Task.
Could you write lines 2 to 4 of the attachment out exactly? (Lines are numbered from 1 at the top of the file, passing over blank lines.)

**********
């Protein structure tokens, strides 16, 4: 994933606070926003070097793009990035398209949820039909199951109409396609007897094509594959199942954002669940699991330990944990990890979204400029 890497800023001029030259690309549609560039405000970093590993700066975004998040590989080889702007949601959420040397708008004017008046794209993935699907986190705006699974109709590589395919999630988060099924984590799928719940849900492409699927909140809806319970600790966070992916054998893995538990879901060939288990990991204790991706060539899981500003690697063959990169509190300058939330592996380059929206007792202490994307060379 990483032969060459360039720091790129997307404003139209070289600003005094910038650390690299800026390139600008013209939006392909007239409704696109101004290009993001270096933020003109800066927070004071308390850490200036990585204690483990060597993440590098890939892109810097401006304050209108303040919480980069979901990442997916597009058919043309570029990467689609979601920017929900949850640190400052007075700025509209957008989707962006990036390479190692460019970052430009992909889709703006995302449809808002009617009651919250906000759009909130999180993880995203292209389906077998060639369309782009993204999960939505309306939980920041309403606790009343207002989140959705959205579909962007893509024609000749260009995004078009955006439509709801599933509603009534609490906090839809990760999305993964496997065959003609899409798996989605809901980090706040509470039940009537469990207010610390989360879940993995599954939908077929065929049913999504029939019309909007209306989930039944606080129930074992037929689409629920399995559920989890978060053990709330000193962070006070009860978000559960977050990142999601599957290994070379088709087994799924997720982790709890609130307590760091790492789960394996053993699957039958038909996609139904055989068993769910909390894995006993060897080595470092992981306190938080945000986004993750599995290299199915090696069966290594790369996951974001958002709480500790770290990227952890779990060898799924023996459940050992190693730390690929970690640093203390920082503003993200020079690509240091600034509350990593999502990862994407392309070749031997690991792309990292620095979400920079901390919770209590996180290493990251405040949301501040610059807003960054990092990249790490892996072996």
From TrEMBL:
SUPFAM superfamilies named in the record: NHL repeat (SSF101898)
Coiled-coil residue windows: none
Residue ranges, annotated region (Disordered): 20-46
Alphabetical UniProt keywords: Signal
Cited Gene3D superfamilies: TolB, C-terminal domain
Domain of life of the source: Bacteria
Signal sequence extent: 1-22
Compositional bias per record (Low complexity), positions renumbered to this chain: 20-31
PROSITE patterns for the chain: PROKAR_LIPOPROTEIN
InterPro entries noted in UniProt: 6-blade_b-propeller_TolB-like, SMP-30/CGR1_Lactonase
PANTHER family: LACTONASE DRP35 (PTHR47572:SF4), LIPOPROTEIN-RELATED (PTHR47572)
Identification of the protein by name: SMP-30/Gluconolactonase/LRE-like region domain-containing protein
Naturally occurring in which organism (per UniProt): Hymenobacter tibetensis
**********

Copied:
From TrEMBL:
SUPFAM superfamilies named in the record: NHL repeat (SSF101898)
Coiled-coil residue windows: none